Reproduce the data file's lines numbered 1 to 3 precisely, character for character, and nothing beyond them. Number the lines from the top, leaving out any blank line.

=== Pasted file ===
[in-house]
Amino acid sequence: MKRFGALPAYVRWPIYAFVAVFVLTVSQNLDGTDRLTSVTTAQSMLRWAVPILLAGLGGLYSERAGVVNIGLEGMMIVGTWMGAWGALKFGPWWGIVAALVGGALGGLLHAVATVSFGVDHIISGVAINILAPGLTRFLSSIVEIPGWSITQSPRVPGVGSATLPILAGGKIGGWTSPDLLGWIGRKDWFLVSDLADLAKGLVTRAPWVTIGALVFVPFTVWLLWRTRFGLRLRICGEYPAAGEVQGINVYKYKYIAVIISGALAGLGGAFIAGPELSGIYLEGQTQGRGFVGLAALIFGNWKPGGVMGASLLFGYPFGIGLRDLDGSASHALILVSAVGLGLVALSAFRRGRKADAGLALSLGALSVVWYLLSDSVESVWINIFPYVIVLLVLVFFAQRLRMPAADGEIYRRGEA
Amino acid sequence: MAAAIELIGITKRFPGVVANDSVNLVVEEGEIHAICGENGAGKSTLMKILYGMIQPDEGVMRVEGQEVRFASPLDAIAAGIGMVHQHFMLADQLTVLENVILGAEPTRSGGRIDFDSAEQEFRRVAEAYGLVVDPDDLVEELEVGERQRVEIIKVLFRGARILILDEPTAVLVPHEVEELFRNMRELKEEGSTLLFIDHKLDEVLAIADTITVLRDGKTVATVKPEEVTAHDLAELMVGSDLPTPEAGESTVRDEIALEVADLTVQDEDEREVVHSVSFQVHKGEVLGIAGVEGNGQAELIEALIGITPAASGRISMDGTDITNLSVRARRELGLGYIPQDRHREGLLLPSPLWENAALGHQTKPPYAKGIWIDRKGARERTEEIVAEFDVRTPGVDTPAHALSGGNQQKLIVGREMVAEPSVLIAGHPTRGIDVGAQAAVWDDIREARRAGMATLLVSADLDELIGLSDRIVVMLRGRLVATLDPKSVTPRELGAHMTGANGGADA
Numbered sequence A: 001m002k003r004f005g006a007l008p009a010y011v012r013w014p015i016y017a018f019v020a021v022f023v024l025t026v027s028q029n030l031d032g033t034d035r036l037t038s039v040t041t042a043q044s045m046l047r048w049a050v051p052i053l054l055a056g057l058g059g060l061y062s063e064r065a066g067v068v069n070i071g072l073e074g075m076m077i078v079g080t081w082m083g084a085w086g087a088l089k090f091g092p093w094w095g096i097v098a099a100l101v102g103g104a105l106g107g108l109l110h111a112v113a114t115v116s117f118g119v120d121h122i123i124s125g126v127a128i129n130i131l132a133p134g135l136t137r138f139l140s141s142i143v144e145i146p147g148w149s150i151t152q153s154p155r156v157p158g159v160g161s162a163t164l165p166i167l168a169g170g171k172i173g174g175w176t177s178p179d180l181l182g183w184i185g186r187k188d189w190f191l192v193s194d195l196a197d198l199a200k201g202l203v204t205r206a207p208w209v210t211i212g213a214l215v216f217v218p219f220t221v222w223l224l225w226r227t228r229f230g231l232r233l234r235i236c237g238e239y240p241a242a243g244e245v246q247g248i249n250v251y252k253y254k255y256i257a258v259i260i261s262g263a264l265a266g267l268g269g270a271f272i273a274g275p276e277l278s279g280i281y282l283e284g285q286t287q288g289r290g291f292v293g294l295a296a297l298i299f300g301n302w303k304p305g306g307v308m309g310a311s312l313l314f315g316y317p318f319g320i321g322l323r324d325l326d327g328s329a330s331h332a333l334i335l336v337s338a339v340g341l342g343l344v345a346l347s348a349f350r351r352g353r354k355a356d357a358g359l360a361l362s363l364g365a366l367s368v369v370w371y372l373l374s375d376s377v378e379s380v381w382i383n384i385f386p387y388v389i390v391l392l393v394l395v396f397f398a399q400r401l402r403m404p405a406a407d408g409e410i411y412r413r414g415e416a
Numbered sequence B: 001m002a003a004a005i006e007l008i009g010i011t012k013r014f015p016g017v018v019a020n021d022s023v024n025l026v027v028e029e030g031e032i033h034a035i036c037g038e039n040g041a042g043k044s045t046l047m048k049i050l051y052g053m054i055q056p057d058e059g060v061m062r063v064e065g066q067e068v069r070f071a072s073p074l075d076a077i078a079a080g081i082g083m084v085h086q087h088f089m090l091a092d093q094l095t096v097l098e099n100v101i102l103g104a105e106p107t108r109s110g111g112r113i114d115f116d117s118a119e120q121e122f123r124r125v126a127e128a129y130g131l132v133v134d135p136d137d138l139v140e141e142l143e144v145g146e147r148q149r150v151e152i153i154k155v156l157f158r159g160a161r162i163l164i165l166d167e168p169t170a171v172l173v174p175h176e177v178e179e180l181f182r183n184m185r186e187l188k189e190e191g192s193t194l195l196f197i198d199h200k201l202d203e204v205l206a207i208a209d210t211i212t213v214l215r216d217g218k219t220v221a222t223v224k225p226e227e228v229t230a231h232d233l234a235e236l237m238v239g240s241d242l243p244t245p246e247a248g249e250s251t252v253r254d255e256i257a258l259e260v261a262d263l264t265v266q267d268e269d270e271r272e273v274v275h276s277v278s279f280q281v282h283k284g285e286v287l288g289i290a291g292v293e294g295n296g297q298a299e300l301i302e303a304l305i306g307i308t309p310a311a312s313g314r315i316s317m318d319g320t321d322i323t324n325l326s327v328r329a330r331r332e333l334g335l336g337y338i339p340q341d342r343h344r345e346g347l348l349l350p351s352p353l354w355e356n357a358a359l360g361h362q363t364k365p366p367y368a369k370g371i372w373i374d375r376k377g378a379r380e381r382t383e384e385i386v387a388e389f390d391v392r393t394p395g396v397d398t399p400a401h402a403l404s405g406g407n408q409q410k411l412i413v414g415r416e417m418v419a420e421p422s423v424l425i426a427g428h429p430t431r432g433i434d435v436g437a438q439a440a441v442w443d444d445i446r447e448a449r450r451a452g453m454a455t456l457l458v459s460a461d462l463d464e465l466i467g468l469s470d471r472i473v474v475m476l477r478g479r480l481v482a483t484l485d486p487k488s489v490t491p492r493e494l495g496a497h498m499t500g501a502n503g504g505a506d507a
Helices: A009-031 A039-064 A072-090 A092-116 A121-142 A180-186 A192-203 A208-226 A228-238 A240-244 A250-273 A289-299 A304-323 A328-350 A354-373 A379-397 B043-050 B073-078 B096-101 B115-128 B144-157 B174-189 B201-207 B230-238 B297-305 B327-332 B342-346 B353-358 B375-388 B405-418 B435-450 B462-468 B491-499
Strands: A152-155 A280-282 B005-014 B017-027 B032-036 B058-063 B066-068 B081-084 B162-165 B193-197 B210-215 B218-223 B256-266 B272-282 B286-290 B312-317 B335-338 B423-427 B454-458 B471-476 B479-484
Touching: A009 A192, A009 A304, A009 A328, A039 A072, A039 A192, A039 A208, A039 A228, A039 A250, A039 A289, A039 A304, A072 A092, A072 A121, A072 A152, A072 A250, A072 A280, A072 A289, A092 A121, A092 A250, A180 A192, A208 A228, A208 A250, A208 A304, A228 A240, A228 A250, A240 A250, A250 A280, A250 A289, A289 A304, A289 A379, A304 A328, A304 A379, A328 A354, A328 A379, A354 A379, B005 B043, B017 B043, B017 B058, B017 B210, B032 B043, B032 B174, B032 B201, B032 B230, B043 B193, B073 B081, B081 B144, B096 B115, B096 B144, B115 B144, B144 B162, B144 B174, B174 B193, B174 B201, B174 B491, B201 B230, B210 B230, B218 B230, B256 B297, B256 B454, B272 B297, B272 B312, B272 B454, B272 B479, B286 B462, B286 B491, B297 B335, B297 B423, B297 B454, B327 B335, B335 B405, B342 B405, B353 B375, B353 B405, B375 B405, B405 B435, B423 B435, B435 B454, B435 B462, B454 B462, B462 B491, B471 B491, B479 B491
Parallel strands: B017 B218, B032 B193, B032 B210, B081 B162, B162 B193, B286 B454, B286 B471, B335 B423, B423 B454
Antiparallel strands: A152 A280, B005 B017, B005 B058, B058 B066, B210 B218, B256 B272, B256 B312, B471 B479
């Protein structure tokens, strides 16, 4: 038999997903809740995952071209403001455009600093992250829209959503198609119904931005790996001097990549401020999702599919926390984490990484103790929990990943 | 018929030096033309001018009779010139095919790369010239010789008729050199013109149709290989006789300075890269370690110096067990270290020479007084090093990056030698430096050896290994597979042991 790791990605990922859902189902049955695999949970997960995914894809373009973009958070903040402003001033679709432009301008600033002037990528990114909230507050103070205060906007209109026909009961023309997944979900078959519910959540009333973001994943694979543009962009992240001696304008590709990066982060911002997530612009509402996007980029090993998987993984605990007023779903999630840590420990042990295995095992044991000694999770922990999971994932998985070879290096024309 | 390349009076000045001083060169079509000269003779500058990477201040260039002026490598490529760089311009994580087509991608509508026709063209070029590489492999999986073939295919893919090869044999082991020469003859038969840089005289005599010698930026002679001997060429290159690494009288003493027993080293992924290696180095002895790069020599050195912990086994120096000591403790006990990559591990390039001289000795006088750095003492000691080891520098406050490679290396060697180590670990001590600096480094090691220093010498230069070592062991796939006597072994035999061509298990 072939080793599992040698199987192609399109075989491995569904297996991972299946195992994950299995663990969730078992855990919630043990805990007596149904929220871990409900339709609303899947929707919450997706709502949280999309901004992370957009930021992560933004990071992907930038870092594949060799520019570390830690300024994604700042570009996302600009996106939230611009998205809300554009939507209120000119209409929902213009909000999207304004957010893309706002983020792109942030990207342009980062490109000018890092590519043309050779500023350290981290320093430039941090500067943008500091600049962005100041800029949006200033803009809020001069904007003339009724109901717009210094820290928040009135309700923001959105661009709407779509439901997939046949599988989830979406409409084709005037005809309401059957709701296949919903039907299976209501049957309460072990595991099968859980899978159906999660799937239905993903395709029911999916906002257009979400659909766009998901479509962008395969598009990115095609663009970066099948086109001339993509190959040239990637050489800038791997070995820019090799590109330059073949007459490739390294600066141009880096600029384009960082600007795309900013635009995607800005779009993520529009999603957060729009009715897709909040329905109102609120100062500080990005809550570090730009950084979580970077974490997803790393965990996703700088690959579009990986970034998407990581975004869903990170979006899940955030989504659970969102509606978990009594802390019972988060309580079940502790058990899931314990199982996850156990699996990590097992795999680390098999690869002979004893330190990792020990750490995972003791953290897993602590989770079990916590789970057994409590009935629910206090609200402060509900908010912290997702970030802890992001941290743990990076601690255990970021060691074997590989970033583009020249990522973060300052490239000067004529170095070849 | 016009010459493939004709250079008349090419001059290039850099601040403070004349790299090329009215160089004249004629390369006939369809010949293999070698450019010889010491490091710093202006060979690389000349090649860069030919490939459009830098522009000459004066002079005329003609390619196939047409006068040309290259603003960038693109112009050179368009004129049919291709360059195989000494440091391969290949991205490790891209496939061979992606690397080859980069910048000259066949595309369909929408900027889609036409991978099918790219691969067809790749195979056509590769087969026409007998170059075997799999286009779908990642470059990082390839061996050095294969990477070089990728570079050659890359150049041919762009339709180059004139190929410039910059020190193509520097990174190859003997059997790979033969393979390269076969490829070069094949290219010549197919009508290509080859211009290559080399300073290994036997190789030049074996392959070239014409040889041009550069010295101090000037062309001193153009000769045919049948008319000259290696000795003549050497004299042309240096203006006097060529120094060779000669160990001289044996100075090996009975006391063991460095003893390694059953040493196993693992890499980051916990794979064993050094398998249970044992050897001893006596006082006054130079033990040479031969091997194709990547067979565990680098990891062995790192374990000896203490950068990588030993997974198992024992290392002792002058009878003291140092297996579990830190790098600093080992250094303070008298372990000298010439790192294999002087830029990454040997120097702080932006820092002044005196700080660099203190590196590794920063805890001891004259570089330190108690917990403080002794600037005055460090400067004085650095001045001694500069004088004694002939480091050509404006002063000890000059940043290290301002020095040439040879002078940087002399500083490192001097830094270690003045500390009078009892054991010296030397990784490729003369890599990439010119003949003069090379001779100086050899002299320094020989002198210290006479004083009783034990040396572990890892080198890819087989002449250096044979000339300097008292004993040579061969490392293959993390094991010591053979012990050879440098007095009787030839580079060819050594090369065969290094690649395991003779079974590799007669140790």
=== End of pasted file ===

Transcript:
[in-house]
Amino acid sequence: MKRFGALPAYVRWPIYAFVAVFVLTVSQNLDGTDRLTSVTTAQSMLRWAVPILLAGLGGLYSERAGVVNIGLEGMMIVGTWMGAWGALKFGPWWGIVAALVGGALGGLLHAVATVSFGVDHIISGVAINILAPGLTRFLSSIVEIPGWSITQSPRVPGVGSATLPILAGGKIGGWTSPDLLGWIGRKDWFLVSDLADLAKGLVTRAPWVTIGALVFVPFTVWLLWRTRFGLRLRICGEYPAAGEVQGINVYKYKYIAVIISGALAGLGGAFIAGPELSGIYLEGQTQGRGFVGLAALIFGNWKPGGVMGASLLFGYPFGIGLRDLDGSASHALILVSAVGLGLVALSAFRRGRKADAGLALSLGALSVVWYLLSDSVESVWINIFPYVIVLLVLVFFAQRLRMPAADGEIYRRGEA
Amino acid sequence: MAAAIELIGITKRFPGVVANDSVNLVVEEGEIHAICGENGAGKSTLMKILYGMIQPDEGVMRVEGQEVRFASPLDAIAAGIGMVHQHFMLADQLTVLENVILGAEPTRSGGRIDFDSAEQEFRRVAEAYGLVVDPDDLVEELEVGERQRVEIIKVLFRGARILILDEPTAVLVPHEVEELFRNMRELKEEGSTLLFIDHKLDEVLAIADTITVLRDGKTVATVKPEEVTAHDLAELMVGSDLPTPEAGESTVRDEIALEVADLTVQDEDEREVVHSVSFQVHKGEVLGIAGVEGNGQAELIEALIGITPAASGRISMDGTDITNLSVRARRELGLGYIPQDRHREGLLLPSPLWENAALGHQTKPPYAKGIWIDRKGARERTEEIVAEFDVRTPGVDTPAHALSGGNQQKLIVGREMVAEPSVLIAGHPTRGIDVGAQAAVWDDIREARRAGMATLLVSADLDELIGLSDRIVVMLRGRLVATLDPKSVTPRELGAHMTGANGGADA